A team of international scientists from Britain and the United States have devised a new mathematical formula, considered more accurate than previous methods, which measures the body weight of dinosaurs - they found that dinosaurs weighed much less than previous estimates had considered. For instance, the giant Berlin Brachiosaur, which lived in the late Jurassic period (from about 200 million to 145 million years ago), measuring about 82 feet from nose to tail, previously estimated to weigh as much as 80 tons, only weighs 23 tons according to the new model.
The scientists used lasers to measure the minimum amount of skin needed to cover the skeletons of large modern animals that included reindeer, polar bears, giraffes and elephants.
"It's a mathematical technique that effectively wraps a skin as tightly as it can around the bones," explained study author Bill Sellers of the University of Manchester in northwestern England.
"This gives us a 'skin and bones' model (from) which we can measure the volume"
One of the main methods of measuring dinosaur mass is based on artistic interpretation, in which a reconstruction sculpture of the animal is made and then dipped into the water to measure the volume. By multiplying the volume by density, results the mass.
“The problem with this is the artist’s reconstruction,” he said. “These are very time consuming to do and probably rather inaccurate, so we thought we’d try a new method.”
The researchers found that of the 14 large-framed modern mammals they laser screen, almost all of them had exactly 21 percent more body mass than the minimum skeletal “skin and bone” wrap volume.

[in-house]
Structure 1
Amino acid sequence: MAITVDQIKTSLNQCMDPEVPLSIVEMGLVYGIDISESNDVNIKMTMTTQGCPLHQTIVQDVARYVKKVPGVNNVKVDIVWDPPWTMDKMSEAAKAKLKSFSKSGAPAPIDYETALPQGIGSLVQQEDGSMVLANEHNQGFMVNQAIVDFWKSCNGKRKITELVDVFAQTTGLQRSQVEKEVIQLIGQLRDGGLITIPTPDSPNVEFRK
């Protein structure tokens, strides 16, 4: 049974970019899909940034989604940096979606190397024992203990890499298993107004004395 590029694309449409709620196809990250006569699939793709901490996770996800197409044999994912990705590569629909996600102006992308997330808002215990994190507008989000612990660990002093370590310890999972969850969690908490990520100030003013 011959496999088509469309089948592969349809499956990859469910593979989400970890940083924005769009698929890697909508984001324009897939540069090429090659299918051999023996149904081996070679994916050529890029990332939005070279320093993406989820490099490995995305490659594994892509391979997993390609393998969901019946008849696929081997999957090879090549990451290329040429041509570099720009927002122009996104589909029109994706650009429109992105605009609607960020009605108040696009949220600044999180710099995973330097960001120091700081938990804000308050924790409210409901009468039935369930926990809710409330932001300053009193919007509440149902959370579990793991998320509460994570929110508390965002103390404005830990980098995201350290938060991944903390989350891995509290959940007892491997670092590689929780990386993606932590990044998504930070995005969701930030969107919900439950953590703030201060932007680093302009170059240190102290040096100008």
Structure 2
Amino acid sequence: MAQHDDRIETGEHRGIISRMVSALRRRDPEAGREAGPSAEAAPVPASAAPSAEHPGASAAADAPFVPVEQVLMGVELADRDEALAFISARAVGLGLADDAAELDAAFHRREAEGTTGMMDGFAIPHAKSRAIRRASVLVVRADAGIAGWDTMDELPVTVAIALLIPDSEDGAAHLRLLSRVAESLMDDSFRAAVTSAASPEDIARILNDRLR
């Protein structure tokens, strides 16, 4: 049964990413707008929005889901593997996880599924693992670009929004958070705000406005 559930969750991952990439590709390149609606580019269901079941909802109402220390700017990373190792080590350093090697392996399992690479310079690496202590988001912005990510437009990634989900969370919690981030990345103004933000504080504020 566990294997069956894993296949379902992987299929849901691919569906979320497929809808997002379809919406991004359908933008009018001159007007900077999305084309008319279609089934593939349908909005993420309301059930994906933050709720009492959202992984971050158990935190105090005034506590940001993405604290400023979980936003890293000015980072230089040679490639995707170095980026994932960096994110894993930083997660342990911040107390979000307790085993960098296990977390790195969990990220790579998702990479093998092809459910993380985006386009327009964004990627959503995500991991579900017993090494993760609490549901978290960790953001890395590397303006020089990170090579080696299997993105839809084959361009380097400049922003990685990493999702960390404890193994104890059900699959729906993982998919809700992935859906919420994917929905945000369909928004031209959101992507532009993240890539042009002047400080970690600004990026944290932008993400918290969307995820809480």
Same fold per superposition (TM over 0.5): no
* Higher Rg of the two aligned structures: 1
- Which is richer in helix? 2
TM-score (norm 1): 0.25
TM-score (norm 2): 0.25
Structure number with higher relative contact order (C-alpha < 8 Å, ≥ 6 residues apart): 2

"Mammals are only distantly related but the way they stand and move is broadly similar to four-legged dinosaurs so we think they are about as good a model as we can get," said Sellers.
By applying the same model to the giant Brachiosaur skeleton housed at Berlin’s Museum für Naturkunde, findings suggest it would have tipped the scales at a relatively featherweight 23 tons, more than 70% less than the previous estimated 80 tones. The researchers believe that not all dinosaurs would be subjected to the same proportion of "weight loss", but that still their mass would be significantly lighter than previous estimates.
“The 23 tonne weight (50,706 pounds) is quite low, but I think it reflects the fact that all dinosaur weights are getting lower,”
He continued that the new estimate "reflects a better understanding of biology, and I think the early estimates were set in that big, fat and slow lizard mindset before the dinosaur renaissance. I think we will find that the lower estimates are much more appropriate for many dinosaurs.”
As the first estimates were made, paleontologists lacked today's supercomputers and instruments, so the way dinosaurs were depicted and described was very much subjective. These new findings, might forever change the way dinosaurs are depicted in school books, museums and other recreations. However, for this method to retrieve the mass of an animal, it needs a complete skeleton. The Berlin Brachiosaurus, or Giraffatitan brancai, was chosen for the study as it is one of the most complete dinosaur fossil specimens available.
Heinrich Mallison of the Museum für Naturkunde told Discovery News that the new study describes “a brilliant approach: not trying to estimate soft tissues, but finding out how much a bone-only model underestimates the entire animal's mass.”
Mallison thinks it is “certainly a very good method for mammals, but I'd like to see tests with more details to find out if archosaurs (crocodiles and dinosaurs) have the same regressions, or differ.”